The Magnificent Mekong Day 4

This morning we boarded a coach for a tour of the Grand Palace and then on to Wat Pho.

To visit the Grand Palace, the entrance requirements were strictly enforced! As you enter, the first stop was to make sure you were dressed appropriately! No shorts, no shoulders showing, no flip flops, no deep cleavage, no short or see-through tops, no torn or tight pants, and no bike pants.

The white fence that surrounded the Grand Palace.

The Grand Palace was built in 1782. We walked around the grounds and the temperature was in the mid-80’s but the “real feel” was in the 90’s and it was only 9:00 AM! Pete and Jenny, our Bangkok guides explained the history of the palace and the Kings. Pete shared that the movie, The King and I, was banned in Thailand because most of the film had hisotrical inaccuracies.

The Grand Palace complex was built to serve as the royal residence and administrative offices and the Temple of the Emerald Buddha. The current king is Maha Vajiralongkorn since 2016. He also was the wealthiest of all monarchs.

The amount of buildings in the palace complex numbered over 30! It was massive and beautiful.

The temple with the Emerald Buddha was beautiful. No photos were allowed inside because their king visits often and the palace security doesn’t allow them for his protection. But you could take a photo looking in from the outside.

Emerald Buddha

As we were getting ready to leave we saw their version of the changing of the guard.

Changing of the guard

Our next stop was Wat Pho. This was another temple. Again no bare shoulders or knees showing, but it wasn’t quite as strict as the Grand Palace. Our shoes came off and left outside before entering. Here we saw the reclining Buddha which was 151 feet long and covered in gold leaf. It was located about ten minutes from the Grand Palace.

The reclining Buddha’s feet were 16 1/2 feet long and decorated with mother of pearl-of-pearl which were characteristics of the Buddha.

Bottom of reclining Buddha’s feet

For good luck one could purchase a bowl of coins and then drop one in each of the bronze bowls that line the length of the walls. This money went toward helping the monks renovate and preserve Wat Pho.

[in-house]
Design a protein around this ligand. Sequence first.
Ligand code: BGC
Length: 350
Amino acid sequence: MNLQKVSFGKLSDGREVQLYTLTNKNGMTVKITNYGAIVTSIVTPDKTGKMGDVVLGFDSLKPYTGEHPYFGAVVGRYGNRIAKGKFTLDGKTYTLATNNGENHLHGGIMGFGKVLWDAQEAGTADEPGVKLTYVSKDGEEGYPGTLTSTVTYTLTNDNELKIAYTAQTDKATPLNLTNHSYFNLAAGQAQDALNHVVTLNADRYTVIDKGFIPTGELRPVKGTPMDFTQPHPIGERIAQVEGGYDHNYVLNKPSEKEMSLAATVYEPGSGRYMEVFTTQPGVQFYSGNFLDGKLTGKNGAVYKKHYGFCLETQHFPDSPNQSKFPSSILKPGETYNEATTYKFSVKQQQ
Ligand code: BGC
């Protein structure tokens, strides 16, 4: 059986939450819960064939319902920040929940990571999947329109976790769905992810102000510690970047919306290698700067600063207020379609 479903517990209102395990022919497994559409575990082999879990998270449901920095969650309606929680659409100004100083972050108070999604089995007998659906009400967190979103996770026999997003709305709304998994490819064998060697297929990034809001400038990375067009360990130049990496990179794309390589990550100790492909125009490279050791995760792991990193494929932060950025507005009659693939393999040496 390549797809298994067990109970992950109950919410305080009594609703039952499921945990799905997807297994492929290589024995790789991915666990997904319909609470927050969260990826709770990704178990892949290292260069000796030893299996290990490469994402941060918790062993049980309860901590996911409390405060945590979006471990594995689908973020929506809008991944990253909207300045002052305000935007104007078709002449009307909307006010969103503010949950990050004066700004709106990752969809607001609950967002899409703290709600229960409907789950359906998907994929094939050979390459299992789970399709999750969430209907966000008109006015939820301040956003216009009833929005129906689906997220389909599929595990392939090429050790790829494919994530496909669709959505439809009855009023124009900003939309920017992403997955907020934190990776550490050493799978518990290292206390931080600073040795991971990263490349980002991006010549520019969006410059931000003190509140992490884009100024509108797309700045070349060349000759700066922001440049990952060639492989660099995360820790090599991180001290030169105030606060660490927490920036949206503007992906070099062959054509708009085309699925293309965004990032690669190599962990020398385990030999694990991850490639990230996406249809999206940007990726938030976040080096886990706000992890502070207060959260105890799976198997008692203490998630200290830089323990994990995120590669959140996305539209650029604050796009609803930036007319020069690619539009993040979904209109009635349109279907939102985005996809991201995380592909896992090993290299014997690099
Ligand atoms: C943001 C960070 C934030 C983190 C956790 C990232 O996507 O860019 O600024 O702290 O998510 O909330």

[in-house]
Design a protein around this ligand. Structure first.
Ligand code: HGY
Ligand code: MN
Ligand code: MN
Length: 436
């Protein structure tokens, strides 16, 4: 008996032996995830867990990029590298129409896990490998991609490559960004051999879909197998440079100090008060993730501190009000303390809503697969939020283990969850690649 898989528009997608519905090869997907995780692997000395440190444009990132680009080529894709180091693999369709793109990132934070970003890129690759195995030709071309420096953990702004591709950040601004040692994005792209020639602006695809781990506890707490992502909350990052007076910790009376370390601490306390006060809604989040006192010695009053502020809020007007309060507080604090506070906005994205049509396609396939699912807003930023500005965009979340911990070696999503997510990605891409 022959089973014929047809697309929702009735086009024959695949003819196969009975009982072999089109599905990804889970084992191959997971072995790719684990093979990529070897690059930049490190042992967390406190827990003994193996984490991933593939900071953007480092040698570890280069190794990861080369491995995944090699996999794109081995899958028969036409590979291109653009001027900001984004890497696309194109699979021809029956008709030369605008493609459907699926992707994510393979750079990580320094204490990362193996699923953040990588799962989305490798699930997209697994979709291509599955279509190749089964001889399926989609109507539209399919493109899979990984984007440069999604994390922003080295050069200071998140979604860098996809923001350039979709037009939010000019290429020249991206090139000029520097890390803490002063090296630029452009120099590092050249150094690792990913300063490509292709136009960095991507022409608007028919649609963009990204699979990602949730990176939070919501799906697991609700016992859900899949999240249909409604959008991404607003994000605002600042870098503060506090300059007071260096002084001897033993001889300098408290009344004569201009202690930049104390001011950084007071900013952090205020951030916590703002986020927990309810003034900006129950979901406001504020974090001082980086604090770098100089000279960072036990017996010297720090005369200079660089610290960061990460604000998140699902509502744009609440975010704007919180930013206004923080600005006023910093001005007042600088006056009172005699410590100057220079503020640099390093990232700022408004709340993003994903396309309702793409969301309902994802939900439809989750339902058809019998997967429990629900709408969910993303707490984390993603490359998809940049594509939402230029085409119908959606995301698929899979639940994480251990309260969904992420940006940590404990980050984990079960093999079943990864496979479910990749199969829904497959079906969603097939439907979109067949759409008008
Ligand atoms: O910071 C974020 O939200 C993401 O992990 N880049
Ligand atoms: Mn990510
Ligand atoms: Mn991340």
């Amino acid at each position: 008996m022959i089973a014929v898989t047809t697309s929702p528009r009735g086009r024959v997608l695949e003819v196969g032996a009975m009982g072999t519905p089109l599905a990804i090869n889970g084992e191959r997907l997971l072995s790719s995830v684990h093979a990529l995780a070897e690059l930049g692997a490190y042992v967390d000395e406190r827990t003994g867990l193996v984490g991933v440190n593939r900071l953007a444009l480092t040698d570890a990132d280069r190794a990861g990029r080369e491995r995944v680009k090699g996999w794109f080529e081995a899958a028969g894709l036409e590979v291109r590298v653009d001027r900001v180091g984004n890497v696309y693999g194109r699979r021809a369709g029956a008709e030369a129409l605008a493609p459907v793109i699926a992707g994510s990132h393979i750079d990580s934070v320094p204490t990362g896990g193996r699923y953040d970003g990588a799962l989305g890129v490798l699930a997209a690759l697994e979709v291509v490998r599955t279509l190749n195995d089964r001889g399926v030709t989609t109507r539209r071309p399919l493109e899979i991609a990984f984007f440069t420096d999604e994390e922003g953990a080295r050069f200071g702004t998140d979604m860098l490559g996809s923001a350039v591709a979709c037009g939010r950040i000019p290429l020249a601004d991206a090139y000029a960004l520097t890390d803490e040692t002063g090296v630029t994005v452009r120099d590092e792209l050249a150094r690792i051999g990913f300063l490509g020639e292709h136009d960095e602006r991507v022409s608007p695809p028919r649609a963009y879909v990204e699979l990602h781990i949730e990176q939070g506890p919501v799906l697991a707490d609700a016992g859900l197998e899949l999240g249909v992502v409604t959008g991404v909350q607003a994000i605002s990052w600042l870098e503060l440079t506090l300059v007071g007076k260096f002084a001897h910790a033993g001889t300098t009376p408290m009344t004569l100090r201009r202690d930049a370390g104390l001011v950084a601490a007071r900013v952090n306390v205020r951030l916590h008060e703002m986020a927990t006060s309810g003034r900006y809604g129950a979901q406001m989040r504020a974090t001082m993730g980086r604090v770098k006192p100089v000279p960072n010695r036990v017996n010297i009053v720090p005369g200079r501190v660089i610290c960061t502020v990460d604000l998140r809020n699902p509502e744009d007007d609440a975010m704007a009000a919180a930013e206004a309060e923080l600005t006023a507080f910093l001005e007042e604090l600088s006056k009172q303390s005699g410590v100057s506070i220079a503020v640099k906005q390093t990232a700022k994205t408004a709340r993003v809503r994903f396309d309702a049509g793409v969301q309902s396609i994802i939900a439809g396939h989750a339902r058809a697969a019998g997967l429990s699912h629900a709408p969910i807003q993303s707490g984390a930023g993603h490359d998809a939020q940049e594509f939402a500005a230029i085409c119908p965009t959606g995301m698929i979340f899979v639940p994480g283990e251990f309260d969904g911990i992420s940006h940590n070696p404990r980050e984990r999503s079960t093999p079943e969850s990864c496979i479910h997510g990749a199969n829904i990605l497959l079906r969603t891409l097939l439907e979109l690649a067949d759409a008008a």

We had a break for lunch back at our hotel. When we went to our room we had another fruit to try, a Chinese pear. It was very tasty!

This afternoon we met Jenny for an afternoon tour of Chinatown, the Flower and Vegetable Market, and a visit to the Temple of the Golden Buddha.

Our first stop was Sukhothai Traimit, where the Golden Buddha was located in Chinatown.

It was the largest Golden Buddha image in the world. It was made of solid gold! It was 12 feet 5 inches in diameter and was 15 feet 9 inches tall. It weighed about 5.5 tons! It was valued over 35.3 million dollars!

What’s fascinating about this solid gold Buddha was that it was covered in plaster to protect it from invading armies. It was over 700 years old. When it was moved to Traimit, it was accidentally damaged and some of the plaster came off. The movers noticed something that was shiny. After careful inspection they found that it was made of solid gold.

When we went in to see the Golden Buddha we were dressed appropriately and our shoes were left outside.

We walked through Chinatown. The streets and sidewalks were very crowded and Jenny told us this was nothing compared to how crowded it would get in the evening! As we walked the area we saw many gold shops, open/street vendors and restaurants that opened out into the sidewalk.

The flower and vegetable market was our last stop this afternoon. These markets were opened 24 hours! They had a day shift and a night shift. The prices of the flowers were cheap by comparison to flower prices at home.

We also couldn’t get over the size of the carrots and how nice the corn was, as well as the other vegetables. It all looked delicious!

It was a sweaty but a good afternoon. Another shower because we were drenched!

In the evening we walked over to Iconsiam, the shopping mall. We stopped and took some photos of our hotel from the street.

On the sixth floor was a terrace restaurant with incredible views of Bangkok and the river. The bad thing with the restaurant was that for gluten free options there was on choice, fried rice. It was pretty dry because they didn’t have any gluten free soy sauce.

When we arrived in the lobby of our hotel, an artist was creating a beautiful fruit carving!

We went to bed on the early side because tomorrow we needed to be up by 5:30 AM. We would be saying goodbye to Bangkok.

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